From the moment a baby is born, photographs and memorabilia begin to collect. If you’re digitally inclined, set up a file on your computer for digital photos and for scanning in memorabilia. If you prefer to keep hard copies of photos, file them in stackable photo boxes that come with mini-file tab dividers and store them until you’re ready to put them into albums. Label the file tabs by date and event, and label the front of the box as well. You can do the same with larger memorabilia by putting labeled hanging file folders in a file bin.
Even if you don’t have the time or propensity for making scrapbooks, by having all the photos and memorabilia organized in files from the very beginning of your child’s life, once your sweet bundle of joy grows up and leaves home, they’ll easily be able to take their photos with them and perhaps they will be interested in making their own scrapbooks. Just last year I created scrapbooks from my own childhood using Creative Memories products, and I loved every minute of the process.
The Sound of Music
It’s nice to introduce your little one to music right from the start, so why not use your preferred high-tech method of piping in some soothing tunes for your little one?
I know you want to give your new little bundle of joy the very best start in life. As someone who has been personally challenged with environmental sensitivities and allergies for many years, I feel compelled to tell you about the health wisdom of making your baby’s nursery “green.” By that I mean buying and using the least toxic furnishings and products as possible. Below are a few basic “green baby” tips to get you started, and I’ve also given you some product resources at the end of this article.
- Organic wool or cotton crib mattresses do not have flame retardant chemicals that can cause a host of health challenges, so it’s best to buy an organic crib mattress.
- Use organic sheets and blankets to avoid the “no ironing needed” chemicals that are often found on commercial store-bought sheets.
- If you can’t afford organic linens, which do tend to be pricey, soak new bedding in your washer, using half a gallon of vinegar and two cups of baking soda in very hot water. Then wash with a nontoxic detergent and rinse a couple of times. This helps to remove any chemicals; I do it all the time when I buy new linens and it works quite well. Sometimes it takes repeat treatments and/or soaking them overnight in the vinegar and baking soda solution.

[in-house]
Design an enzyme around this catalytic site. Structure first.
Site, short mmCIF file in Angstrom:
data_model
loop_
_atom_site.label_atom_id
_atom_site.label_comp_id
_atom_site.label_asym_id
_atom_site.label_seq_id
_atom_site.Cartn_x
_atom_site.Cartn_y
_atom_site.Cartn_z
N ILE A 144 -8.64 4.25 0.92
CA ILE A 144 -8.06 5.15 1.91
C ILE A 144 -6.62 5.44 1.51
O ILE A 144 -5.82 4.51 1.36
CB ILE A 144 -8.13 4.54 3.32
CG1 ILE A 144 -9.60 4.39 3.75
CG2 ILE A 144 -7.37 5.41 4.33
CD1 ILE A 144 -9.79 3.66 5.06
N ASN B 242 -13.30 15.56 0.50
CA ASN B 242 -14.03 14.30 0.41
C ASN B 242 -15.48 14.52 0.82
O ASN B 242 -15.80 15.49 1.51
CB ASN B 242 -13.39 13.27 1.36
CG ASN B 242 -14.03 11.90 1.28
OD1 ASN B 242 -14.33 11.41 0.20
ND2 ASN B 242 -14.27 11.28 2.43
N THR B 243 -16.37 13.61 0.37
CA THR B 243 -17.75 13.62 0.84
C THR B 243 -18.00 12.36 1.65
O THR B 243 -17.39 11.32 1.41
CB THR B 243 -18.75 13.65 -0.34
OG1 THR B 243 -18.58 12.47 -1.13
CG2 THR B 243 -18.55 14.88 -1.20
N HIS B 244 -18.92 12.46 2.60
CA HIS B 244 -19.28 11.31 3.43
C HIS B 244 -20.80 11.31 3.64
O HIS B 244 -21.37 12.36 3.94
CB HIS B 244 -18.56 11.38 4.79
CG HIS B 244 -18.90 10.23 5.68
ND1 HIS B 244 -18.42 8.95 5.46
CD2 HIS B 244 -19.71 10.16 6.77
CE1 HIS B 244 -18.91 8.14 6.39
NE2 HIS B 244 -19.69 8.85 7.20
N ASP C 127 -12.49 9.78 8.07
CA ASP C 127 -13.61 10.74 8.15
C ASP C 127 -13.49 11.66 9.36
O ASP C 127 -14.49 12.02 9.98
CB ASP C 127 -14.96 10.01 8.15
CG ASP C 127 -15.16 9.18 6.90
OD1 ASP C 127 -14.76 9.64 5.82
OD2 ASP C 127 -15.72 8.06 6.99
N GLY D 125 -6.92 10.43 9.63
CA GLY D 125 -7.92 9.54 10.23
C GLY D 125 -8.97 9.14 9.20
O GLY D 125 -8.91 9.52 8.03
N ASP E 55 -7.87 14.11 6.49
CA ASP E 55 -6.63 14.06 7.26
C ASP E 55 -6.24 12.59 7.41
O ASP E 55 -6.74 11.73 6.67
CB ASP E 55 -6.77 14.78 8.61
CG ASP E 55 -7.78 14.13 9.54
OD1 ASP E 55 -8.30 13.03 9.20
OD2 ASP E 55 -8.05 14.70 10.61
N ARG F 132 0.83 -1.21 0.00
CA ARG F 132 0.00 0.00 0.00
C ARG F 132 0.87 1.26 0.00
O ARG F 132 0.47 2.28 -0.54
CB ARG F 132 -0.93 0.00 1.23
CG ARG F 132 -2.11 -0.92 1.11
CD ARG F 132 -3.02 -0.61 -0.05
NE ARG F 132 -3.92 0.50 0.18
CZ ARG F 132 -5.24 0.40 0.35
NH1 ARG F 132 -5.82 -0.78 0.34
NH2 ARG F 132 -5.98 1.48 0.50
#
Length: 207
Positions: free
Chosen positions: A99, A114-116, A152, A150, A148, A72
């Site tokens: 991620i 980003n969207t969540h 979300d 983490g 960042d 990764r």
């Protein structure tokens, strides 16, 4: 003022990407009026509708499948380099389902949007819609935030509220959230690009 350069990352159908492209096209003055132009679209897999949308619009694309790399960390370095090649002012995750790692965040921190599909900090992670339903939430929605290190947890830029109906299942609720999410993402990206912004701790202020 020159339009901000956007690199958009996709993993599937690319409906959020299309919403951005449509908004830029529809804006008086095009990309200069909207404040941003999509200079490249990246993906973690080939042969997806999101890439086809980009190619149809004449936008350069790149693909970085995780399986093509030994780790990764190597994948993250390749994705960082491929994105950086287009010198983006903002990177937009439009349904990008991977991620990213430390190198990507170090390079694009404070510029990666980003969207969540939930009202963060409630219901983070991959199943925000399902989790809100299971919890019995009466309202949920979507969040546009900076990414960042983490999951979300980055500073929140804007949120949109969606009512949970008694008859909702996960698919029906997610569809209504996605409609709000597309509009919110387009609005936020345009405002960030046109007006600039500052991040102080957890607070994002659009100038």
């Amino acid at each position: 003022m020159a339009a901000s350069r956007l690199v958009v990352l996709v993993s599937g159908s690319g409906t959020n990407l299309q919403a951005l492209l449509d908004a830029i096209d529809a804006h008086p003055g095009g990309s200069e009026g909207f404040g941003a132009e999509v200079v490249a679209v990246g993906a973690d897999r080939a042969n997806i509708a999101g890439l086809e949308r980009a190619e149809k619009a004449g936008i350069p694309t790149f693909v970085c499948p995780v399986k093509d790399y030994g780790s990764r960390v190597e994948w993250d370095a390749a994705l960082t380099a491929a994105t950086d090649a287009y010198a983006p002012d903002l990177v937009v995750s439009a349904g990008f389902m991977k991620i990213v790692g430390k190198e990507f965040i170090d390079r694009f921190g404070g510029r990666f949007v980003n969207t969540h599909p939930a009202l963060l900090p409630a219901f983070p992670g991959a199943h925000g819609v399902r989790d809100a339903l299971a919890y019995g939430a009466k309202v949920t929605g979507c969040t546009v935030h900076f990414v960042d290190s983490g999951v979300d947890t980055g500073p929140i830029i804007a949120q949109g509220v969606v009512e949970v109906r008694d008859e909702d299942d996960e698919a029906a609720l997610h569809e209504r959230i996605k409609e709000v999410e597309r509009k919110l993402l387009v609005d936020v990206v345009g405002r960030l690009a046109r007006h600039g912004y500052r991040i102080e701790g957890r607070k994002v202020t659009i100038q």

- Avoid laundering your baby’s bedding or clothing with scented detergents or fabric softeners because some fragrances can trigger asthma and allergies.
- Use chlorine-free and fragrance-free baby diapers and wet wipes.
- Only clean your baby’s room with nontoxic household cleaners that are fragrance-free. Avoid commercial cleaning products.
- Never use scented carpet cleaners; steam clean with hot water only. Your carpet cleaner can be trained to do it this way.
- Avoid plug-in air fresheners and air freshener sprays that can trigger asthma and allergies.
- Use nontoxic and fragrance-free personal care products made especially for infants.
- Buy an air purifier.
- Provide nontoxic natural cloth and wooden toys instead of plastic ones.
- Stay away from new carpeting that outgases chemicals. Better to steam clean the current carpeting in the room (use water only—no fragranced detergents) or to install hardwood flooring, cork, or natural linoleum.
- Aluminum mini-blinds are a nice clean window treatment available in many colors.
- Paint the room with no-VOC paint at least two months before the birth. And Mom, please don’t paint the room yourself while you’re pregnant.
As we end this article, I wish you great fun and happiness as you set up your nursery during this wonderful time in your life. If you keep the KISS principle in mind, you and your little dear one will be on your way to a serene and soothing space.